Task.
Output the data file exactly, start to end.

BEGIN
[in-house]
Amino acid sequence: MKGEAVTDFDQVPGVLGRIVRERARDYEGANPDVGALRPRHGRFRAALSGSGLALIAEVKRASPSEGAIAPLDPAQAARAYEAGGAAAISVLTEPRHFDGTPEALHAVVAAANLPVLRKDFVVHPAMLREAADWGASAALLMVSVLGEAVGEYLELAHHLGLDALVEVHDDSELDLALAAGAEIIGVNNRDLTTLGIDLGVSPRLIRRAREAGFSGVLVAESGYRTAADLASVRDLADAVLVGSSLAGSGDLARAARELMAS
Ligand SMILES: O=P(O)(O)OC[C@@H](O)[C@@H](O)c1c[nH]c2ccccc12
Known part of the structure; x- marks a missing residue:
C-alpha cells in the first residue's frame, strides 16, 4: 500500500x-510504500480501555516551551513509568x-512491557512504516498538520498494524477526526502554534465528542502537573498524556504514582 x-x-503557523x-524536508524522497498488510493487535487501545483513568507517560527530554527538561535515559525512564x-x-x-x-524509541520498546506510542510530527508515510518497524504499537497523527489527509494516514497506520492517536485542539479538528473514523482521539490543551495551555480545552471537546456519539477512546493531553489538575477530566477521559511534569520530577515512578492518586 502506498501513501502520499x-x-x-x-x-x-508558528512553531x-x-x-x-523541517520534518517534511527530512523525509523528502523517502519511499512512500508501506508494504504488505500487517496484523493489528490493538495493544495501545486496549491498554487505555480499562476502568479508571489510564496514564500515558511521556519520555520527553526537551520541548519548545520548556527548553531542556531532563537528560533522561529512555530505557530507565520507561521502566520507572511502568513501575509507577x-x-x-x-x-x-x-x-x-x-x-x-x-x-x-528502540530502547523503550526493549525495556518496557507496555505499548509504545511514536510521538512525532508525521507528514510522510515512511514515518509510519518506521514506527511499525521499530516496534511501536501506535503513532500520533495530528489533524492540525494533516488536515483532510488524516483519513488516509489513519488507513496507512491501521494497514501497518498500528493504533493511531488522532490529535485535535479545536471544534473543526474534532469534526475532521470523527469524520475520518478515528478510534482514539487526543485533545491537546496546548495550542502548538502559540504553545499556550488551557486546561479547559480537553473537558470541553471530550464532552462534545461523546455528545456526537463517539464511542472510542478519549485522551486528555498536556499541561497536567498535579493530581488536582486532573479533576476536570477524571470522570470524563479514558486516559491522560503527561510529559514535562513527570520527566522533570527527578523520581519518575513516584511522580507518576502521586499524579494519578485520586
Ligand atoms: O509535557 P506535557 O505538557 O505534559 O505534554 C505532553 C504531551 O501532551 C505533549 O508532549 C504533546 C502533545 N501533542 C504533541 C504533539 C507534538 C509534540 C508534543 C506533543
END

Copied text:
[in-house]
Amino acid sequence: MKGEAVTDFDQVPGVLGRIVRERARDYEGANPDVGALRPRHGRFRAALSGSGLALIAEVKRASPSEGAIAPLDPAQAARAYEAGGAAAISVLTEPRHFDGTPEALHAVVAAANLPVLRKDFVVHPAMLREAADWGASAALLMVSVLGEAVGEYLELAHHLGLDALVEVHDDSELDLALAAGAEIIGVNNRDLTTLGIDLGVSPRLIRRAREAGFSGVLVAESGYRTAADLASVRDLADAVLVGSSLAGSGDLARAARELMAS
Ligand SMILES: O=P(O)(O)OC[C@@H](O)[C@@H](O)c1c[nH]c2ccccc12
Known part of the structure; x- marks a missing residue:
C-alpha cells in the first residue's frame, strides 16, 4: 500500500x-510504500480501555516551551513509568x-512491557512504516498538520498494524477526526502554534465528542502537573498524556504514582 x-x-503557523x-524536508524522497498488510493487535487501545483513568507517560527530554527538561535515559525512564x-x-x-x-524509541520498546506510542510530527508515510518497524504499537497523527489527509494516514497506520492517536485542539479538528473514523482521539490543551495551555480545552471537546456519539477512546493531553489538575477530566477521559511534569520530577515512578492518586 502506498501513501502520499x-x-x-x-x-x-508558528512553531x-x-x-x-523541517520534518517534511527530512523525509523528502523517502519511499512512500508501506508494504504488505500487517496484523493489528490493538495493544495501545486496549491498554487505555480499562476502568479508571489510564496514564500515558511521556519520555520527553526537551520541548519548545520548556527548553531542556531532563537528560533522561529512555530505557530507565520507561521502566520507572511502568513501575509507577x-x-x-x-x-x-x-x-x-x-x-x-x-x-x-528502540530502547523503550526493549525495556518496557507496555505499548509504545511514536510521538512525532508525521507528514510522510515512511514515518509510519518506521514506527511499525521499530516496534511501536501506535503513532500520533495530528489533524492540525494533516488536515483532510488524516483519513488516509489513519488507513496507512491501521494497514501497518498500528493504533493511531488522532490529535485535535479545536471544534473543526474534532469534526475532521470523527469524520475520518478515528478510534482514539487526543485533545491537546496546548495550542502548538502559540504553545499556550488551557486546561479547559480537553473537558470541553471530550464532552462534545461523546455528545456526537463517539464511542472510542478519549485522551486528555498536556499541561497536567498535579493530581488536582486532573479533576476536570477524571470522570470524563479514558486516559491522560503527561510529559514535562513527570520527566522533570527527578523520581519518575513516584511522580507518576502521586499524579494519578485520586
Ligand atoms: O509535557 P506535557 O505538557 O505534559 O505534554 C505532553 C504531551 O501532551 C505533549 O508532549 C504533546 C502533545 N501533542 C504533541 C504533539 C507534538 C509534540 C508534543 C506533543